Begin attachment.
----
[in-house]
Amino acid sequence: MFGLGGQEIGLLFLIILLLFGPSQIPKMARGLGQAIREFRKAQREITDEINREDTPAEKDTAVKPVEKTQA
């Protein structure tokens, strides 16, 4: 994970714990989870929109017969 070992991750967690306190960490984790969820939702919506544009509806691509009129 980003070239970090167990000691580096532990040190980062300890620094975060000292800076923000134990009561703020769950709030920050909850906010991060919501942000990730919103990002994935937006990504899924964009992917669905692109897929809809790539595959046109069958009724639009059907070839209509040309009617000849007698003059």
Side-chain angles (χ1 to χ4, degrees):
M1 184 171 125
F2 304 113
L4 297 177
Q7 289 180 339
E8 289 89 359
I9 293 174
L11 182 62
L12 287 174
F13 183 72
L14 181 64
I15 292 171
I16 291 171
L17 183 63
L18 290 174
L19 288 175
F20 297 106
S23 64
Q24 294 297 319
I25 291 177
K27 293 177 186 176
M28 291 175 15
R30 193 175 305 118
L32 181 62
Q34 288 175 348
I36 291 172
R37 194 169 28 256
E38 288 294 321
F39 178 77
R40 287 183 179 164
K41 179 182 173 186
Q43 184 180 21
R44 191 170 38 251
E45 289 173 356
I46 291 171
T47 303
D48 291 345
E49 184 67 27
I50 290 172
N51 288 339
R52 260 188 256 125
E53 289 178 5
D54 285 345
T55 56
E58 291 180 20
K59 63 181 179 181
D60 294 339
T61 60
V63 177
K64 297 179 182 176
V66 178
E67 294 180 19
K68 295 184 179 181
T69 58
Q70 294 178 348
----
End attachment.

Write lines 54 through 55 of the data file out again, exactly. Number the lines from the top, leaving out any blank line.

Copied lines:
V66 178
E67 294 180 19